The humidity of PKS was found to vary depending on temperature. Nonetheless, the structure of PKS did not break or distort when exposed to both extreme cold (deep freezer) and hot (oven) conditions. Drying it in the sun for three consecutive days and soaking it in water for the same period continuously did not change its strength as it did for natural rocks and aggregates [51]. Following the report by Powers [52], the high porosity and absorption rates reached for the PKS confirmed the drainage potential of these materials and the interest in incorporating them into permeable concrete mixtures.
Upon scanning a sample of the PKS, it was observed that the pore distribution varied depending on the region analyzed. The level of compactness or porosity depended on the region of the PKS. Moreso, the pore openings in the interior parts of the PKS were different from those in the exterior parts. Accordingly, as illustrated in Figure 8, the R-1 region represented the part that had negligible pores. R-2 represented those parts of the PKS having fewer pores, whilst the R-3 was the porous parts carrying many pores. Mostly, the structural nature of a typical pore of the PKS is conical or funnel-like. It widens at one end and narrows at the other end, as depicted in Figure 8. This revelation by the microscopic test and analysis indicates the need for further investigation in the future that focuses on the placement of the aggregates in the concrete when used for lightweight pervious concrete.

3.2. Physical Properties of the Concrete

As depicted in Table 3, the densities were reduced because of replacing PKS in a block of ordinary concrete. This was due to the less dense nature of the PKS (Figure 8). In the same vein, the porosity of concrete increased when a portion of the aggregate was replaced by PKS. PKS are highly porous and absorptive; thus, they tend to induce ordinary concrete to increase its porosity and absorption rates when partially replaced.
The behavior of PKS in the presence of water was uneven for the two experimental mixtures. With minimal manual compression, the 100% dura-PKS composites failed after 72 h of cycling in a drying oven (100 °C) followed by 6 weeks of conditioning in water. Instead, the composites with 25% dura-PKS remained physically stable when the same test was applied. This confirms that the durability of mixtures with very high contents of dura-PKS is unreliable when exposed to intensive dry–humid environments.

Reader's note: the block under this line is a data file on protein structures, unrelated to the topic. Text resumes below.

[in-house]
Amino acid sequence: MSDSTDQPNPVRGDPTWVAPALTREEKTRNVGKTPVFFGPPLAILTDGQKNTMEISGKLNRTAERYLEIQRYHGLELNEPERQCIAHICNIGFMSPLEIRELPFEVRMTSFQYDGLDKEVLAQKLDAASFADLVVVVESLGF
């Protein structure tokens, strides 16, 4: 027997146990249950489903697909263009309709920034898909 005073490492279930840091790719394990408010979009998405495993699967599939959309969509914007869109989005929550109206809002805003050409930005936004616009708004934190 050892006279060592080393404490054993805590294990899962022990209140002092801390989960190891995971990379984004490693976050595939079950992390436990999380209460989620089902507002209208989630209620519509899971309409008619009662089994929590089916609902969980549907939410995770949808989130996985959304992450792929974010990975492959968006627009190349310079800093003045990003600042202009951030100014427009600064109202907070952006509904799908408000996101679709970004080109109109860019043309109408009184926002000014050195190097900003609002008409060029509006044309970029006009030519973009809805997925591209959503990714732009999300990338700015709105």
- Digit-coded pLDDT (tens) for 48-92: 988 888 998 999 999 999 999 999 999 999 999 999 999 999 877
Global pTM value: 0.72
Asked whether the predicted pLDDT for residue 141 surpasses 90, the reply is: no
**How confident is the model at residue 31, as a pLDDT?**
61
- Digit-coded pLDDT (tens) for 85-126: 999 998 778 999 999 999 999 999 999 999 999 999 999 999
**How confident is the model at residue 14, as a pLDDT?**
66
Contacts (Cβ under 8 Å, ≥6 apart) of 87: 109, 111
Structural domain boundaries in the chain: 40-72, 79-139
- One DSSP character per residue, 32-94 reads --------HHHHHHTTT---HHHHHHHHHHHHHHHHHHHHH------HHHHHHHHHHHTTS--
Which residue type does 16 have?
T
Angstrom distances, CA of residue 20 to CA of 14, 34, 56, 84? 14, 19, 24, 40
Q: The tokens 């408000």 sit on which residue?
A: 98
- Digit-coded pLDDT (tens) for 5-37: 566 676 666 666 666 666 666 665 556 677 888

3.3. Mechanical Properties and Permeability of the Concrete

Generally, the compressive strengths recorded in this investigation (Figure 9a) fall within the range of values obtained in related works [11,53]. Moreso, the assertion by Aoki [54] that pervious concrete with a density of around 1800 kg/m3 yields a compressive strength between 5.7 MPa and 10.1 MPa validates the outcome of these results. Though strength was reduced by the increasing contents of the dura-PKS, the minimum compressive strength of 4.6 MPa is higher than the average compressive strength obtained in related works where mixtures are devoid of fines [55]. The strength at 28 days of the mixtures with 25% and 100% of dura-PKS were reduced by 59% and 83%, respectively, compared to the control.
Additionally, the American Concrete Institute (ACI) reports that the minimum stress when pervious concrete is under compression is 2.8 MPa [56]. This implies that all three concrete mixtures satisfied the condition for compression (Figure 9a). The compressive stresses obtained for the control and experimental composites with PKS replacement are not out of range [11,26,57]. However, the values decreased as the PKS content increased [58]. This trend is influenced by the weaker bonding, and the lower rigidity of the dura-PKS is lower than that of the limestones. Additionally, the flaky and curvy nature of the dura-PKS and higher voids of the composite have an impact.